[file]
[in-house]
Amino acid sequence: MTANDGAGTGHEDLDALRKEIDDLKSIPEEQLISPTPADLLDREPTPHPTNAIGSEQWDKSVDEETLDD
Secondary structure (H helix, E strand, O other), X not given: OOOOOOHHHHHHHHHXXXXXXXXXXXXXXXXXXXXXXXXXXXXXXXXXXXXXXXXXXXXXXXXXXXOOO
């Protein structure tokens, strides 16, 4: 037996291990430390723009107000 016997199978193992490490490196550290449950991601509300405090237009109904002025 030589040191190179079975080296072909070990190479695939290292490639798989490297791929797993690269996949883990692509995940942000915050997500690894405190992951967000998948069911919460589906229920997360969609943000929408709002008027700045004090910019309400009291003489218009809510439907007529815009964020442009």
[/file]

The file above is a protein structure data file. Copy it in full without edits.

[in-house]
Amino acid sequence: MTANDGAGTGHEDLDALRKEIDDLKSIPEEQLISPTPADLLDREPTPHPTNAIGSEQWDKSVDEETLDD
Secondary structure (H helix, E strand, O other), X not given: OOOOOOHHHHHHHHHXXXXXXXXXXXXXXXXXXXXXXXXXXXXXXXXXXXXXXXXXXXXXXXXXXXOOO
């Protein structure tokens, strides 16, 4: 037996291990430390723009107000 016997199978193992490490490196550290449950991601509300405090237009109904002025 030589040191190179079975080296072909070990190479695939290292490639798989490297791929797993690269996949883990692509995940942000915050997500690894405190992951967000998948069911919460589906229920997360969609943000929408709002008027700045004090910019309400009291003489218009809510439907007529815009964020442009």